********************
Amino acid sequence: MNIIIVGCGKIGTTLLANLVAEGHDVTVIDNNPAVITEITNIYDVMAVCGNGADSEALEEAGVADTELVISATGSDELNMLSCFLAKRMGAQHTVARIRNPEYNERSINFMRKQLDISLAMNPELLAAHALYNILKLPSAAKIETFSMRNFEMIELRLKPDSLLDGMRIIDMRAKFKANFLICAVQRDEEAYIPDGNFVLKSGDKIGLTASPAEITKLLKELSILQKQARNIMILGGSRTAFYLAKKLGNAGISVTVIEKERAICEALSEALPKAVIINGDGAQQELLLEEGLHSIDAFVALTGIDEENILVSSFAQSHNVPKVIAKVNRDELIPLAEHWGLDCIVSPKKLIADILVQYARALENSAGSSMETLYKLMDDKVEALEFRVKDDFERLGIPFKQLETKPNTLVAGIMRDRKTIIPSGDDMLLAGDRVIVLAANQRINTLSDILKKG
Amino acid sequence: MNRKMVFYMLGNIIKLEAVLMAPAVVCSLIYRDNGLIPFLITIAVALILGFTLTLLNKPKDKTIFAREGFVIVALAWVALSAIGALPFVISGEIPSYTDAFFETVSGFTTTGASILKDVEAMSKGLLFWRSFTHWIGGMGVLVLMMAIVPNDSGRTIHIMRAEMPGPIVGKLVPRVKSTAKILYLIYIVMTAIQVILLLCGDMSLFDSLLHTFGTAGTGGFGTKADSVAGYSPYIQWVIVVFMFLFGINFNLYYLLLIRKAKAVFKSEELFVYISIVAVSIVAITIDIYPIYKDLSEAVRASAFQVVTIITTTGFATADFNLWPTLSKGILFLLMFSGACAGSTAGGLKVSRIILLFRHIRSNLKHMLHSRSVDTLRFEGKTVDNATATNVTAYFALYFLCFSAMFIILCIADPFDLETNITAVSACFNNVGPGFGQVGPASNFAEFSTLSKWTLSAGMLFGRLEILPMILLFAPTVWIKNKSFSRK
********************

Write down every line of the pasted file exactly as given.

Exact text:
Amino acid sequence: MNIIIVGCGKIGTTLLANLVAEGHDVTVIDNNPAVITEITNIYDVMAVCGNGADSEALEEAGVADTELVISATGSDELNMLSCFLAKRMGAQHTVARIRNPEYNERSINFMRKQLDISLAMNPELLAAHALYNILKLPSAAKIETFSMRNFEMIELRLKPDSLLDGMRIIDMRAKFKANFLICAVQRDEEAYIPDGNFVLKSGDKIGLTASPAEITKLLKELSILQKQARNIMILGGSRTAFYLAKKLGNAGISVTVIEKERAICEALSEALPKAVIINGDGAQQELLLEEGLHSIDAFVALTGIDEENILVSSFAQSHNVPKVIAKVNRDELIPLAEHWGLDCIVSPKKLIADILVQYARALENSAGSSMETLYKLMDDKVEALEFRVKDDFERLGIPFKQLETKPNTLVAGIMRDRKTIIPSGDDMLLAGDRVIVLAANQRINTLSDILKKG
Amino acid sequence: MNRKMVFYMLGNIIKLEAVLMAPAVVCSLIYRDNGLIPFLITIAVALILGFTLTLLNKPKDKTIFAREGFVIVALAWVALSAIGALPFVISGEIPSYTDAFFETVSGFTTTGASILKDVEAMSKGLLFWRSFTHWIGGMGVLVLMMAIVPNDSGRTIHIMRAEMPGPIVGKLVPRVKSTAKILYLIYIVMTAIQVILLLCGDMSLFDSLLHTFGTAGTGGFGTKADSVAGYSPYIQWVIVVFMFLFGINFNLYYLLLIRKAKAVFKSEELFVYISIVAVSIVAITIDIYPIYKDLSEAVRASAFQVVTIITTTGFATADFNLWPTLSKGILFLLMFSGACAGSTAGGLKVSRIILLFRHIRSNLKHMLHSRSVDTLRFEGKTVDNATATNVTAYFALYFLCFSAMFIILCIADPFDLETNITAVSACFNNVGPGFGQVGPASNFAEFSTLSKWTLSAGMLFGRLEILPMILLFAPTVWIKNKSFSRK